The Glass Hotel by Emily St. John Mandel has been high on my shortlist of books to read for some time now. I loved Station Eleven, and The Glass Hotel loops in one of the minor characters from Station Eleven, Leon Prevant. Though, this book is exists in an alternate reality where the Georgia Flu (the focal point of Station Eleven) doesn’t ravage the world.
Unfortunately, while Mandel’s writing is still quite book, it was a bit of a let down for me. I started it a while ago and wasn’t sure if I was going to continue, but went ahead and finished it this week.
See the Full Plot Synopsis & Summary for Station Eleven (spoilers). For the spoiler-free version:
Opening with the disappearance of a woman from a container ship, The Glass Hotel is a work of literary fiction focusing on the fallout from the collapse of a Ponzi scheme, mirroring the Bernie Madiff scandal from 2008. The story looks at the corrupt financier’s wife, employees and numerous investors in his fund. It’s a story about greed, corruption, guilt and the ghosts that haunt us.
See The Glass Hotel on Amazon.
Instead of the apocalyptic collapse brought upon by her fictional Georgia Flu in Station Eleven, The Glass House exists in an alternate reality and focuses on a different type of societal collapse, in the form of the financial crisis of 2008. More specifically, it explores the ripple effect of a Ponzi scheme that’s fallen apart, mirroring the Bernie Madoff scandal which came undone also in 2008.
The corrupt financier of The Glass House is Jonathan Alkaitis. Through the narrative, we get to know his wife Vincent, his employees and various investors in his fund.
I read quite a few reviews of this book before jumping into it and concluded that the negative ones were mainly from people who weren’t interested in reading a story about the financial crisis. As someone who would happily read about that topic, I really expected to like this book a lot more than I did.
To be clear, this is not a deep dive into the financial crisis, so I wouldn’t let that scare you away from it. If you know what a “Ponzi scheme” is and understand what “liquidity” is, that’s about all the information you need going into this. In terms of how in-depth it goes, I’d say it’s about on par with what you’d get from your average newspaper article.
Instead, the bigger issue from The Glass Hotel is that it was kind of a mish-mash of not fully explored themes and not fully explored stories. And for most of the the book, there’s no real driving force to the plot. Mostly, it introduces some interesting characters and you keep reading out because Mandel is a good writer and you hope that her story is going somewhere.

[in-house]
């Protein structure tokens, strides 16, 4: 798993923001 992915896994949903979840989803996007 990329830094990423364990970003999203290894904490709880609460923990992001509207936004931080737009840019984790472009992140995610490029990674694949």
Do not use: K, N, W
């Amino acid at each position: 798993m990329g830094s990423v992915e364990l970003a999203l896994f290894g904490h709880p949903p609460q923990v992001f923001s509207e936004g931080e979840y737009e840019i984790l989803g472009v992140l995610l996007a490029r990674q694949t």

It jumps from topic to topic — memory, money, greed, corruption, survival, guilt, the ghosts that haunt us, etc. — competently, but never becoming greater than the sum of its parts.
In order to lend the story more cohesion, Mandel orchestrates a number of too-coincidental intersections between the characters. These perfectly opportune collisions bring the characters together and give the appearance of cleverness when there really isn’t any. One of the characters just so happens to be asked to deliver a message to a man whose major investor just so happens to be a former producer to a woman whose bandmate’s death he was responsible for, and this character’s sister just so happens to end up living with that first man, etc. And so on.
I think intersections between characters work when it makes you think “oh that makes perfect sense that they would come across each other!” as opposed to when it’s a product of pure chance that makes you think “there’s no way those circumstances would just happen to come together like that”.
In the end, it’s the ghosts and guilt that tenuously bind this story together, but again it only sort of works. Neither of those things are really prominent parts of the book. They’re brought up and act as the binding to patch the story together, but it only feels important in an ephemeral way, since there’s not really the substance there for it to linger in your mind.
Finally, I’m sad to say this because really like Emily St. John Mandel’s writing, but this also sort of a joyless, dreary story. It’s mostly a lot of cowardly, uninspiring characters resigning themselves to their weaker or worst selves.
The Glass Hotel Audiobook Review
I listened to most of this on audiobook. It’s pretty good. The accents aren’t great, but luckily there are only a few of them.
Read it or Skip it?
I really wanted to like this book, and I thought the writing was lovely, but it just didn’t come together for me. It’s dreary and all over the place. It kept feeling like it was grasping at poignancy, but not really getting anywhere. It jumps from topic to topic — memory, money, greed, corruption, survival, guilt, ghosts, etc. — offering some reflection on each, but doesn’t seem to address any of them in a fully satisfying way.
I think fans of Emily St. John Mandel may still enjoy the book, but I would be surprised if anyone liked it more than Station Eleven. If you haven’t read that, definitely start with that.
See The Glass Hotel on Amazon.